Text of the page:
[Talk-transit] Naming concepts

Greg Troxel gdt at lexort.com
Mon Oct 31 22:59:42 UTC 2016

Stephen Sprunk <stephen at sprunk.org> writes:

> I should point out that "bus lines", "cruise lines", "air lines",
> etc. are plural when talking about one company (e.g. American
> Airlines) because they operate a collection of individual lines
> between specific locations, such as New York-Los Angeles.

But one would say 'Holland America is a cruise line".  So it's messy.

>> I'm still not 100% following.  In the wiki table, is concept number 1
>> just a name for the collection of route variants, and basically the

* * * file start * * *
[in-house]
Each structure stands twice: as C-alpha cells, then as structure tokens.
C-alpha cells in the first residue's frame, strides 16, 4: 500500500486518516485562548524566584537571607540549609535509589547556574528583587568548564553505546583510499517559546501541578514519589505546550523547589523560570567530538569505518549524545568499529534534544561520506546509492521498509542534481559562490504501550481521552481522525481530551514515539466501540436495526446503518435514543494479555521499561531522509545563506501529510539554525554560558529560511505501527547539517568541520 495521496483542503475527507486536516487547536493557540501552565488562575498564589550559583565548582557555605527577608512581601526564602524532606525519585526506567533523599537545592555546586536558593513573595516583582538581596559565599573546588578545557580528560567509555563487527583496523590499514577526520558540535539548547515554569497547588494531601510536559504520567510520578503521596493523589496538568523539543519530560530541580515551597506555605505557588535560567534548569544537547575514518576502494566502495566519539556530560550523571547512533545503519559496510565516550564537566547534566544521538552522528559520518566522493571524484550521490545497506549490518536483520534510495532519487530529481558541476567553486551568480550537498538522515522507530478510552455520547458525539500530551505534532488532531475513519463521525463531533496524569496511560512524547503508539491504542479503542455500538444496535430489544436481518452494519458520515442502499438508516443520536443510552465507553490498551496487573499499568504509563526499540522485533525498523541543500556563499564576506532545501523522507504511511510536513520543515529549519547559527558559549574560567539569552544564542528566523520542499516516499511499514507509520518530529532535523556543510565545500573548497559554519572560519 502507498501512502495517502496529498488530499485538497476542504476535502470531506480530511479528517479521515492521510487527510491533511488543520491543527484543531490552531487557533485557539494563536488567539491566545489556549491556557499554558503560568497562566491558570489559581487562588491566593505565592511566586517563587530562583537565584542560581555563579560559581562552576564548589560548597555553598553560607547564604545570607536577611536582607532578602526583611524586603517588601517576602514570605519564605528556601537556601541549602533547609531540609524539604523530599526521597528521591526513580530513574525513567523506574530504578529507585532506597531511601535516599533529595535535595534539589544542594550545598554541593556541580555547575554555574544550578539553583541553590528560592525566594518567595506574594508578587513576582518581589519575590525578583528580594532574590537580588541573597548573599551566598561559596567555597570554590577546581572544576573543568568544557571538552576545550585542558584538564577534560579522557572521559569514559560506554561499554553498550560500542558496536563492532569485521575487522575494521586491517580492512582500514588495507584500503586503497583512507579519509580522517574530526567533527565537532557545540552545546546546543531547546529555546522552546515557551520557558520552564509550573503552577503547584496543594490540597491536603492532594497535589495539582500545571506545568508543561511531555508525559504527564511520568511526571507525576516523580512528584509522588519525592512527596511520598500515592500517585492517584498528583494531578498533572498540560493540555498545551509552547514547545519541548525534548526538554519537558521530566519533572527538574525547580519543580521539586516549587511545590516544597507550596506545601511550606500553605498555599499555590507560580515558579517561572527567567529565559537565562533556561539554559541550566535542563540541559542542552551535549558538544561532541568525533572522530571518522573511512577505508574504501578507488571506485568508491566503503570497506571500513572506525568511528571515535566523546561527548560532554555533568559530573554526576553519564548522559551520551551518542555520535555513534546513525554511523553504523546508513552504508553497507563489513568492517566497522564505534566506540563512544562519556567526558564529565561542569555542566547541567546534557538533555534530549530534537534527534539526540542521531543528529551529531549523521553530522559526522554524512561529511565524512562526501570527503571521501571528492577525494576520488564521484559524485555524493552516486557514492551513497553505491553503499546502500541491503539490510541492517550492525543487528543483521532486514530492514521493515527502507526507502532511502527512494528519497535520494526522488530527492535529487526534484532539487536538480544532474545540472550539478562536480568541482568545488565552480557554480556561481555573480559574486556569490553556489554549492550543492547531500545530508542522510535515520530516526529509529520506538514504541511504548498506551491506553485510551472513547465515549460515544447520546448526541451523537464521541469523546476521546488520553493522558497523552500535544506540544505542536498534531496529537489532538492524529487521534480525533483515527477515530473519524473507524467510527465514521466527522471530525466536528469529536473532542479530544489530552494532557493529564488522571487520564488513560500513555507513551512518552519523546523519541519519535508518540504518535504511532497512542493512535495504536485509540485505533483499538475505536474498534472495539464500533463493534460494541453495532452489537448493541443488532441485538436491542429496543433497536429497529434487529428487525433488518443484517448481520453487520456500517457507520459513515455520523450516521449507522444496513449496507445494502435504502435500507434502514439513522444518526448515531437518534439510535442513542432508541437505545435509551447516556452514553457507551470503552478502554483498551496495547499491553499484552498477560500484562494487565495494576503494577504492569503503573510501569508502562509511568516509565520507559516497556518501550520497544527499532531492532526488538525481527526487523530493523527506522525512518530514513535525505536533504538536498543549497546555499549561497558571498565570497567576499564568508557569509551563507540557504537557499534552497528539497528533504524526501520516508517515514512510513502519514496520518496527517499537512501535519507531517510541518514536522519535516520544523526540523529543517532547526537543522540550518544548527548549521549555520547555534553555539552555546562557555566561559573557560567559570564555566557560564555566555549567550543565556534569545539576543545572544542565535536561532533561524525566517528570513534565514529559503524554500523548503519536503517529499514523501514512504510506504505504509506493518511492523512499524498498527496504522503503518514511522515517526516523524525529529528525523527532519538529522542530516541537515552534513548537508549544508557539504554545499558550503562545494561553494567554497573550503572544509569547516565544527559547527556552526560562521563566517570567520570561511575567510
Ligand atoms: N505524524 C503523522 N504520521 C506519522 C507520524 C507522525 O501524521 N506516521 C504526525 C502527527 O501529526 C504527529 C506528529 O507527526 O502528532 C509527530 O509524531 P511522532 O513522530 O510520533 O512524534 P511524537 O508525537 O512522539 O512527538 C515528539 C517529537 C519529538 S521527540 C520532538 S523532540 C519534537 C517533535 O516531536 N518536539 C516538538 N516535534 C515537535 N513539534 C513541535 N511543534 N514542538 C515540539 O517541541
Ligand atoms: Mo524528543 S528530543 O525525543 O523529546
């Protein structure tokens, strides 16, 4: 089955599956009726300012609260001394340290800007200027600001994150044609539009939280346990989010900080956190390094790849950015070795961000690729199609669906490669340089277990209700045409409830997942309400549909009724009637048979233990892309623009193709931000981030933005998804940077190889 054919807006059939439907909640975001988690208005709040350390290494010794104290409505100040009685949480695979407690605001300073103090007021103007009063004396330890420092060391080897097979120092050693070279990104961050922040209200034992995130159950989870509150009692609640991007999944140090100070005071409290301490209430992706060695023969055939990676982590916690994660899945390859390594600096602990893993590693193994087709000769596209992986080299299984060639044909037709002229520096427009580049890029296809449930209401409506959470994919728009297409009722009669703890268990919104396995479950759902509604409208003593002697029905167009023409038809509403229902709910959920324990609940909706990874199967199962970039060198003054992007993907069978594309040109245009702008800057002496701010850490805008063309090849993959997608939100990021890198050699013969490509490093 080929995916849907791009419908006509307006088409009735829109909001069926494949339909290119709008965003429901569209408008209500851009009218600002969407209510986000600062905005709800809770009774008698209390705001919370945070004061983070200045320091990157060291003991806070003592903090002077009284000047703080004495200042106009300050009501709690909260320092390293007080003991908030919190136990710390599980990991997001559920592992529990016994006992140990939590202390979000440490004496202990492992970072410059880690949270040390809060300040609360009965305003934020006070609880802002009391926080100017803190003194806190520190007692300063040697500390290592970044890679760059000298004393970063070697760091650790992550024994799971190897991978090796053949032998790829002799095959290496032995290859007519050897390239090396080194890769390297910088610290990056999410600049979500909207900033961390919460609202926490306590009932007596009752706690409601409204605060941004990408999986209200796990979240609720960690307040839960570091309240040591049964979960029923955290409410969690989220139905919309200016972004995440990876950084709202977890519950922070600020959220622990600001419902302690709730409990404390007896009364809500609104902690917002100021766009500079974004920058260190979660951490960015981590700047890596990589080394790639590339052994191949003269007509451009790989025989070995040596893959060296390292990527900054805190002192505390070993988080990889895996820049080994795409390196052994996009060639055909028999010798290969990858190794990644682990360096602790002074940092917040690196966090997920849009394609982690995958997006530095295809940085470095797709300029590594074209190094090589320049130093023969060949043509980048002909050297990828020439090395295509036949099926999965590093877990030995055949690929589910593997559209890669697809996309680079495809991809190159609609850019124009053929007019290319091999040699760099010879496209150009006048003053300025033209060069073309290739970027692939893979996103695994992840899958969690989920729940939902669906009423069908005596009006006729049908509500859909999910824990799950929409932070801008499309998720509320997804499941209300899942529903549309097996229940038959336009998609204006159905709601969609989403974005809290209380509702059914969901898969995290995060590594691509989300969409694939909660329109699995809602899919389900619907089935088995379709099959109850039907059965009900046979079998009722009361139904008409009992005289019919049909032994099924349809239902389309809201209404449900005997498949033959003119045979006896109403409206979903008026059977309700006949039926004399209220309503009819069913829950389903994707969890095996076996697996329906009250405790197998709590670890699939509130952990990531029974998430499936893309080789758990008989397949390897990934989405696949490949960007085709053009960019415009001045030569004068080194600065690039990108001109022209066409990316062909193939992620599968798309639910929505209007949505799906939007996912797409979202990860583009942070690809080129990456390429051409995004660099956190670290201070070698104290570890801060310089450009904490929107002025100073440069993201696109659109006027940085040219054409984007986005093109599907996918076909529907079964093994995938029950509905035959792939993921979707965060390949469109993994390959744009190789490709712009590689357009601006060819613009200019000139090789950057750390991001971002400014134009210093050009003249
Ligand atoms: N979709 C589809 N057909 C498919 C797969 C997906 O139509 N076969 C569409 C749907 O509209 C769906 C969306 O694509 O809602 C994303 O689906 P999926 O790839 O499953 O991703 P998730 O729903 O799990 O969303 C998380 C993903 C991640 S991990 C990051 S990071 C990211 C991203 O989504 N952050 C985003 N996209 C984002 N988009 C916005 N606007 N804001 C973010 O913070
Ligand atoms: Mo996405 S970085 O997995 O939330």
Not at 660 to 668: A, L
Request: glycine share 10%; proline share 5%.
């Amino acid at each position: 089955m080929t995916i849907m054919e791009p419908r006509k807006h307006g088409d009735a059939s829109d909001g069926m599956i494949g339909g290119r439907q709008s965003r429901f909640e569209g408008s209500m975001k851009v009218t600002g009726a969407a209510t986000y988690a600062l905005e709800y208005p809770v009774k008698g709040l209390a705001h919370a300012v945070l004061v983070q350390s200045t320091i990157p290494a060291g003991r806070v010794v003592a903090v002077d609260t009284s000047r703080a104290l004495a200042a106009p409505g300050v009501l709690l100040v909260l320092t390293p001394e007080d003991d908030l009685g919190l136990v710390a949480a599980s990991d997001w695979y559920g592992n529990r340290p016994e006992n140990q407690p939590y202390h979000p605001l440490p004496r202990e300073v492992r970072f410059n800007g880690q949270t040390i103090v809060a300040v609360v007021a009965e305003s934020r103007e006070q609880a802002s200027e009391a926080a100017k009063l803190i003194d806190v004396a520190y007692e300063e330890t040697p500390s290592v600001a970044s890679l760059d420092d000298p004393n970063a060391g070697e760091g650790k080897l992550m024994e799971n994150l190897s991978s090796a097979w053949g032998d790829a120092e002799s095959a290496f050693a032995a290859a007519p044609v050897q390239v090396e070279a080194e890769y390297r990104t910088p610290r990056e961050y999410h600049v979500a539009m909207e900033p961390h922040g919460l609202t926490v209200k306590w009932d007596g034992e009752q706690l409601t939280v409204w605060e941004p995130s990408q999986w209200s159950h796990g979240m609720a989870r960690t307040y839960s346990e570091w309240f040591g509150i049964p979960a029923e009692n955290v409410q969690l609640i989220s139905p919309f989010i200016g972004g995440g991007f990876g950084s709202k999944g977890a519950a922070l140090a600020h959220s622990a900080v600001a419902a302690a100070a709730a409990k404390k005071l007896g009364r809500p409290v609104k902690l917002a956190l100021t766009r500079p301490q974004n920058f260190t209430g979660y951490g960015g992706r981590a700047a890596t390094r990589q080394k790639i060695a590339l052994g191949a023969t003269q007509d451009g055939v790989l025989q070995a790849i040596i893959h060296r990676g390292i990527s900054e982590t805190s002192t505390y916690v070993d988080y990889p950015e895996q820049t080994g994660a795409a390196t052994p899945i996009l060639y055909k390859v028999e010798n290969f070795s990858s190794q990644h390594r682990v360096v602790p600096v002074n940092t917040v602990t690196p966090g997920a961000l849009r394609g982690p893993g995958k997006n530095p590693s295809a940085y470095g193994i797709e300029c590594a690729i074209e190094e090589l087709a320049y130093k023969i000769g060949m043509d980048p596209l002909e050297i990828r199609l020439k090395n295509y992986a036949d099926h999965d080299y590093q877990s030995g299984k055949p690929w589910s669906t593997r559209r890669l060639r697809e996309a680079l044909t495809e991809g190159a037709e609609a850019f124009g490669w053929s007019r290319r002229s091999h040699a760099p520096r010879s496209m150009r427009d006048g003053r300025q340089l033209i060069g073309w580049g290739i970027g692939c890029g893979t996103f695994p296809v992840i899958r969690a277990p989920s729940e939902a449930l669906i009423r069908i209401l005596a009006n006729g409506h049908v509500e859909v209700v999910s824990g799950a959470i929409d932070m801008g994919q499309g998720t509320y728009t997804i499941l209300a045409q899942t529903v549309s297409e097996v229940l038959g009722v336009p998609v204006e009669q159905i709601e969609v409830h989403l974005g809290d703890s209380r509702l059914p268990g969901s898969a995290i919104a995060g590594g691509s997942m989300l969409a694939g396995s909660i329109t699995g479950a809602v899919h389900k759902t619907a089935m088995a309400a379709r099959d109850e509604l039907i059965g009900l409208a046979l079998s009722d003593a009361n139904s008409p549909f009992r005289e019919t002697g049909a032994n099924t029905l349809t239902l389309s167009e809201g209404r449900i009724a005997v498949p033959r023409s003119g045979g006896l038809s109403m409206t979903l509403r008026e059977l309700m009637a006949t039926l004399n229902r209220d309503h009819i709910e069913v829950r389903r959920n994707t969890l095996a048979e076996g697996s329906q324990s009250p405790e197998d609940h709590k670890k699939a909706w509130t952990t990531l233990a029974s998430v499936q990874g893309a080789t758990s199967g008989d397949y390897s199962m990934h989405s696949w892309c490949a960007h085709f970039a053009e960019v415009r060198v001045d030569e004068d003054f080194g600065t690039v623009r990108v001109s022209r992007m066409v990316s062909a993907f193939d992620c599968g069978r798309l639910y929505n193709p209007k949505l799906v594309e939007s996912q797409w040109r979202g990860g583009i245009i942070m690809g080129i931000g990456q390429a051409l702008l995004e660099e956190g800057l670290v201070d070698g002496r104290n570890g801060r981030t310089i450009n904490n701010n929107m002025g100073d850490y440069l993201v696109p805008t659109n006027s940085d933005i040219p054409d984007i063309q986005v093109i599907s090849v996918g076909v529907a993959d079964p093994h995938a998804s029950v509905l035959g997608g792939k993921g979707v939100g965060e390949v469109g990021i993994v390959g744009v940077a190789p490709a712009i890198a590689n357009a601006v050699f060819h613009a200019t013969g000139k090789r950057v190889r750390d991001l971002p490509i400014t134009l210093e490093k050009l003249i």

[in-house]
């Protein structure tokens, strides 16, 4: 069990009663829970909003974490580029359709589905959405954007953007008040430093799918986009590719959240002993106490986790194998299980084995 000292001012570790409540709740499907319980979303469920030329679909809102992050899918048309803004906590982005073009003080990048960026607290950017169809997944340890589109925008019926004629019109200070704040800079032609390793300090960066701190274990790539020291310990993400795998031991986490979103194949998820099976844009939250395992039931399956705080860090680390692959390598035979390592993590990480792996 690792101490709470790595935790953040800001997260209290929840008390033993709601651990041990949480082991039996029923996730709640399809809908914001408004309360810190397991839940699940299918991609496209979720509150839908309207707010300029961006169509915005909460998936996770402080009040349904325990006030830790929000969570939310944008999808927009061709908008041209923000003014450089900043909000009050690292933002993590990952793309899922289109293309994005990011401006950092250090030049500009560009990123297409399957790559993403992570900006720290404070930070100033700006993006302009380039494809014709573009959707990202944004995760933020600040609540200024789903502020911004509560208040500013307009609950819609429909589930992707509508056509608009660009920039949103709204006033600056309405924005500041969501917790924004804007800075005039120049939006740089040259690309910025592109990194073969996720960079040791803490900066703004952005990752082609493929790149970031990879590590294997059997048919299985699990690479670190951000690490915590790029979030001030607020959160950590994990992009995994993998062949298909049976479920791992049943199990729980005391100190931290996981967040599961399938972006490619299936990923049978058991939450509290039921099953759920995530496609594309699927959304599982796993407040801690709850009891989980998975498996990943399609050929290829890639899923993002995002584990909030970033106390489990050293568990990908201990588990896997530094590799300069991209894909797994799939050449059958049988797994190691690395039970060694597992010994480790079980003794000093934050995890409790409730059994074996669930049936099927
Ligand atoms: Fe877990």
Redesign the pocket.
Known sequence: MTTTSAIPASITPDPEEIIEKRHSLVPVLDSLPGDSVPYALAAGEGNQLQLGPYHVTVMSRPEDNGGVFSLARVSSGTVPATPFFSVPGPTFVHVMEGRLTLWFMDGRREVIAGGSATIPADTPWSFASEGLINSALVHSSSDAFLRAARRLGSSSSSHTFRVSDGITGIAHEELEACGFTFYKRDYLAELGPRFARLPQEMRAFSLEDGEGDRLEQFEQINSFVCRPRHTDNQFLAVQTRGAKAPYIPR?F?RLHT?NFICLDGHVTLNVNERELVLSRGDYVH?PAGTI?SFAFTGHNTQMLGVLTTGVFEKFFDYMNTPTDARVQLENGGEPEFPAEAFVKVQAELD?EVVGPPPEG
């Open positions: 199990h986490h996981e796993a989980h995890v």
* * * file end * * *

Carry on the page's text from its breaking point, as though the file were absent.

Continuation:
>> name that the bus company (agency/whatever) uses?  I would call that
>> "bus_route_name" then, with a name, and perhaps bus_route_ref for
>> just the numberish part, along with bus_route_operator.  This is
>> making it like highway ref tags.
> Incidentally, this drives me nuts about transit.  If the agencies
> actually published the names that way (e.g. variants 42A and 42B,
> perhaps with the shared portions just labeled 42), it'd make their
> services a lot easier to use; today, it's very easy to accidentally
> get on a "42 to Foo Street" when you actually needed a "42 to Bar
> Avenue".  When "via"s get involved, it's even worse.  Who came up with
> this nonsense and thought it was a good idea?

I agree, and the for the most part the agency near me (MBTA,
www.mbta.com) is good about this, having two route numbers for the two
ways the bus can run.  But then they publish a "74/75" schedule that
shows information about 74 and 75 since they are mostly the same and
departures are interleaved.  I don't think there's any way to totally
win here.
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